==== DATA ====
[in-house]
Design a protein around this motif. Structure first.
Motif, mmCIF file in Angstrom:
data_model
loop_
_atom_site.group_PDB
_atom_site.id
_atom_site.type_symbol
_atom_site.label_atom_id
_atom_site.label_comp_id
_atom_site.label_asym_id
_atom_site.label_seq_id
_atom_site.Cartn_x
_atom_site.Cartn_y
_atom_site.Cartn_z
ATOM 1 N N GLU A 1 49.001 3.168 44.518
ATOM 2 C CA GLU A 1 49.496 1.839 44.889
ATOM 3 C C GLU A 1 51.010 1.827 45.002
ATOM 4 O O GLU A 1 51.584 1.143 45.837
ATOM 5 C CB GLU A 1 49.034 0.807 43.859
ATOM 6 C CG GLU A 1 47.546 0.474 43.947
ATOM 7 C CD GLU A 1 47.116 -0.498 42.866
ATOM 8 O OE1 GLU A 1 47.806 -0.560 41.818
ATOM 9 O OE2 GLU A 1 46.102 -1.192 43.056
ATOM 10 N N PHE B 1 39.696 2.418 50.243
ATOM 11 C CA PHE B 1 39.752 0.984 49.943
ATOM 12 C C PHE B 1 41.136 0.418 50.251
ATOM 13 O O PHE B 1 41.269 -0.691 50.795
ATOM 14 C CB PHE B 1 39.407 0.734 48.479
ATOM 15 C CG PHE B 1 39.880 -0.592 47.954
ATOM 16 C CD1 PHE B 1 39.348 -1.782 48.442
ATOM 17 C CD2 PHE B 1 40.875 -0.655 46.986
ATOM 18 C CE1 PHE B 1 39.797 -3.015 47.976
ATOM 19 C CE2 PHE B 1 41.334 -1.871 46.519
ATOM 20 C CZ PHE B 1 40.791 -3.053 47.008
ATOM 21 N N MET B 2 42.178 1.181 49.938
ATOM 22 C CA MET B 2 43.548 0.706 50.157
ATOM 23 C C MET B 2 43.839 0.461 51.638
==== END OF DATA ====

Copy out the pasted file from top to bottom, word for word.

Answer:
[in-house]
Design a protein around this motif. Structure first.
Motif, mmCIF file in Angstrom:
data_model
loop_
_atom_site.group_PDB
_atom_site.id
_atom_site.type_symbol
_atom_site.label_atom_id
_atom_site.label_comp_id
_atom_site.label_asym_id
_atom_site.label_seq_id
_atom_site.Cartn_x
_atom_site.Cartn_y
_atom_site.Cartn_z
ATOM 1 N N GLU A 1 49.001 3.168 44.518
ATOM 2 C CA GLU A 1 49.496 1.839 44.889
ATOM 3 C C GLU A 1 51.010 1.827 45.002
ATOM 4 O O GLU A 1 51.584 1.143 45.837
ATOM 5 C CB GLU A 1 49.034 0.807 43.859
ATOM 6 C CG GLU A 1 47.546 0.474 43.947
ATOM 7 C CD GLU A 1 47.116 -0.498 42.866
ATOM 8 O OE1 GLU A 1 47.806 -0.560 41.818
ATOM 9 O OE2 GLU A 1 46.102 -1.192 43.056
ATOM 10 N N PHE B 1 39.696 2.418 50.243
ATOM 11 C CA PHE B 1 39.752 0.984 49.943
ATOM 12 C C PHE B 1 41.136 0.418 50.251
ATOM 13 O O PHE B 1 41.269 -0.691 50.795
ATOM 14 C CB PHE B 1 39.407 0.734 48.479
ATOM 15 C CG PHE B 1 39.880 -0.592 47.954
ATOM 16 C CD1 PHE B 1 39.348 -1.782 48.442
ATOM 17 C CD2 PHE B 1 40.875 -0.655 46.986
ATOM 18 C CE1 PHE B 1 39.797 -3.015 47.976
ATOM 19 C CE2 PHE B 1 41.334 -1.871 46.519
ATOM 20 C CZ PHE B 1 40.791 -3.053 47.008
ATOM 21 N N MET B 2 42.178 1.181 49.938
ATOM 22 C CA MET B 2 43.548 0.706 50.157
ATOM 23 C C MET B 2 43.839 0.461 51.638